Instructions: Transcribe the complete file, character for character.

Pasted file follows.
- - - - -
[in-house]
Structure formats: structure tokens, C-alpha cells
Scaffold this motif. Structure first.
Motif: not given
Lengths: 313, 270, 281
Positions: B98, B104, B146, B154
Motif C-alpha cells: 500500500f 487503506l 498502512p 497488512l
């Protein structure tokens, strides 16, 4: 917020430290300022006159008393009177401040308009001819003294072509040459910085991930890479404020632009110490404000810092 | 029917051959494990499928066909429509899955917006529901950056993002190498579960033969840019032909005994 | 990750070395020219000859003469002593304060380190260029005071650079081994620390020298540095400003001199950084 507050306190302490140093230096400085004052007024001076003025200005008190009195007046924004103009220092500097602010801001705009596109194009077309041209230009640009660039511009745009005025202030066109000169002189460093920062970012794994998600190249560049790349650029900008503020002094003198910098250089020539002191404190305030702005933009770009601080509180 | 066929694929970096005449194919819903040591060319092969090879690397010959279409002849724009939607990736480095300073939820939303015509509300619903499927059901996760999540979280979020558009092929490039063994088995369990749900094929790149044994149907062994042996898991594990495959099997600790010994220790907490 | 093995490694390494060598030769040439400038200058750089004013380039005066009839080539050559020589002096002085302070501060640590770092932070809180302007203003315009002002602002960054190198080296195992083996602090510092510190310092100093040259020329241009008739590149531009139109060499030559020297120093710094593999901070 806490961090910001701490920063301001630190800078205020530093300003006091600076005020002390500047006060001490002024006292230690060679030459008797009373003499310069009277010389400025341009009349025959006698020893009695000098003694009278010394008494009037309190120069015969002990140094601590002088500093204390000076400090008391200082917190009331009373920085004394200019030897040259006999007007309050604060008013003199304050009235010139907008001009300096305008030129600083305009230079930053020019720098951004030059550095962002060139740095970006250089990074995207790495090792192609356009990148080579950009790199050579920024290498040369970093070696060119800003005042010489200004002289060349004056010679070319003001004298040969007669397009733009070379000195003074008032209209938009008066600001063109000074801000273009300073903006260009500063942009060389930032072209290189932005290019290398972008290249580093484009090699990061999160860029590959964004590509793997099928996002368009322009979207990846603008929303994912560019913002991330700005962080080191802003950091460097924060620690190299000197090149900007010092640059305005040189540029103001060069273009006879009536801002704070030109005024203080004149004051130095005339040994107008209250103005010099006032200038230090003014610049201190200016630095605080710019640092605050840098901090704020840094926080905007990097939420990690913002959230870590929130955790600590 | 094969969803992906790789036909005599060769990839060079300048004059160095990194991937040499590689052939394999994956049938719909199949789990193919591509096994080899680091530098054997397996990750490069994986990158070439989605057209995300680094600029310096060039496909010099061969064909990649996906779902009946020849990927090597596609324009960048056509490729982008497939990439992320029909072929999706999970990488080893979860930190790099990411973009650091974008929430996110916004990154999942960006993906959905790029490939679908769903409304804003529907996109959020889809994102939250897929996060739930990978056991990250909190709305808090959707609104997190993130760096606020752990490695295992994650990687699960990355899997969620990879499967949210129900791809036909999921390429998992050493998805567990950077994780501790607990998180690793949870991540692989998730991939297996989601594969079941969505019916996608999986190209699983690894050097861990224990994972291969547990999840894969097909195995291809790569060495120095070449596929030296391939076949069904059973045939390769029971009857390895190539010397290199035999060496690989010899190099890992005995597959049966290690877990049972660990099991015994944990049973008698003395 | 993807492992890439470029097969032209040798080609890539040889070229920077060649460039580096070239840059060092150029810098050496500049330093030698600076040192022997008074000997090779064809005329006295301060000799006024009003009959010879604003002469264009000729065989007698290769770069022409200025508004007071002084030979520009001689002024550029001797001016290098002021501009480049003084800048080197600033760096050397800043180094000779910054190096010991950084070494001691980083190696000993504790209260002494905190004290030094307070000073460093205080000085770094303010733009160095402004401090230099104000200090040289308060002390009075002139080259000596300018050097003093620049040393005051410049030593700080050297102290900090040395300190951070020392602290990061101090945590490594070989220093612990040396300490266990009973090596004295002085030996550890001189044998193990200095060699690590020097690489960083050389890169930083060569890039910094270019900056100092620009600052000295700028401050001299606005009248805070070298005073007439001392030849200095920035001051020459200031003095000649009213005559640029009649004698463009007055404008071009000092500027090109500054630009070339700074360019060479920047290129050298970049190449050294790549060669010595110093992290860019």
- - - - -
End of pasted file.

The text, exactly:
[in-house]
Structure formats: structure tokens, C-alpha cells
Scaffold this motif. Structure first.
Motif: not given
Lengths: 313, 270, 281
Positions: B98, B104, B146, B154
Motif C-alpha cells: 500500500f 487503506l 498502512p 497488512l
């Protein structure tokens, strides 16, 4: 917020430290300022006159008393009177401040308009001819003294072509040459910085991930890479404020632009110490404000810092 | 029917051959494990499928066909429509899955917006529901950056993002190498579960033969840019032909005994 | 990750070395020219000859003469002593304060380190260029005071650079081994620390020298540095400003001199950084 507050306190302490140093230096400085004052007024001076003025200005008190009195007046924004103009220092500097602010801001705009596109194009077309041209230009640009660039511009745009005025202030066109000169002189460093920062970012794994998600190249560049790349650029900008503020002094003198910098250089020539002191404190305030702005933009770009601080509180 | 066929694929970096005449194919819903040591060319092969090879690397010959279409002849724009939607990736480095300073939820939303015509509300619903499927059901996760999540979280979020558009092929490039063994088995369990749900094929790149044994149907062994042996898991594990495959099997600790010994220790907490 | 093995490694390494060598030769040439400038200058750089004013380039005066009839080539050559020589002096002085302070501060640590770092932070809180302007203003315009002002602002960054190198080296195992083996602090510092510190310092100093040259020329241009008739590149531009139109060499030559020297120093710094593999901070 806490961090910001701490920063301001630190800078205020530093300003006091600076005020002390500047006060001490002024006292230690060679030459008797009373003499310069009277010389400025341009009349025959006698020893009695000098003694009278010394008494009037309190120069015969002990140094601590002088500093204390000076400090008391200082917190009331009373920085004394200019030897040259006999007007309050604060008013003199304050009235010139907008001009300096305008030129600083305009230079930053020019720098951004030059550095962002060139740095970006250089990074995207790495090792192609356009990148080579950009790199050579920024290498040369970093070696060119800003005042010489200004002289060349004056010679070319003001004298040969007669397009733009070379000195003074008032209209938009008066600001063109000074801000273009300073903006260009500063942009060389930032072209290189932005290019290398972008290249580093484009090699990061999160860029590959964004590509793997099928996002368009322009979207990846603008929303994912560019913002991330700005962080080191802003950091460097924060620690190299000197090149900007010092640059305005040189540029103001060069273009006879009536801002704070030109005024203080004149004051130095005339040994107008209250103005010099006032200038230090003014610049201190200016630095605080710019640092605050840098901090704020840094926080905007990097939420990690913002959230870590929130955790600590 | 094969969803992906790789036909005599060769990839060079300048004059160095990194991937040499590689052939394999994956049938719909199949789990193919591509096994080899680091530098054997397996990750490069994986990158070439989605057209995300680094600029310096060039496909010099061969064909990649996906779902009946020849990927090597596609324009960048056509490729982008497939990439992320029909072929999706999970990488080893979860930190790099990411973009650091974008929430996110916004990154999942960006993906959905790029490939679908769903409304804003529907996109959020889809994102939250897929996060739930990978056991990250909190709305808090959707609104997190993130760096606020752990490695295992994650990687699960990355899997969620990879499967949210129900791809036909999921390429998992050493998805567990950077994780501790607990998180690793949870991540692989998730991939297996989601594969079941969505019916996608999986190209699983690894050097861990224990994972291969547990999840894969097909195995291809790569060495120095070449596929030296391939076949069904059973045939390769029971009857390895190539010397290199035999060496690989010899190099890992005995597959049966290690877990049972660990099991015994944990049973008698003395 | 993807492992890439470029097969032209040798080609890539040889070229920077060649460039580096070239840059060092150029810098050496500049330093030698600076040192022997008074000997090779064809005329006295301060000799006024009003009959010879604003002469264009000729065989007698290769770069022409200025508004007071002084030979520009001689002024550029001797001016290098002021501009480049003084800048080197600033760096050397800043180094000779910054190096010991950084070494001691980083190696000993504790209260002494905190004290030094307070000073460093205080000085770094303010733009160095402004401090230099104000200090040289308060002390009075002139080259000596300018050097003093620049040393005051410049030593700080050297102290900090040395300190951070020392602290990061101090945590490594070989220093612990040396300490266990009973090596004295002085030996550890001189044998193990200095060699690590020097690489960083050389890169930083060569890039910094270019900056100092620009600052000295700028401050001299606005009248805070070298005073007439001392030849200095920035001051020459200031003095000649009213005559640029009649004698463009007055404008071009000092500027090109500054630009070339700074360019060479920047290129050298970049190449050294790549060669010595110093992290860019």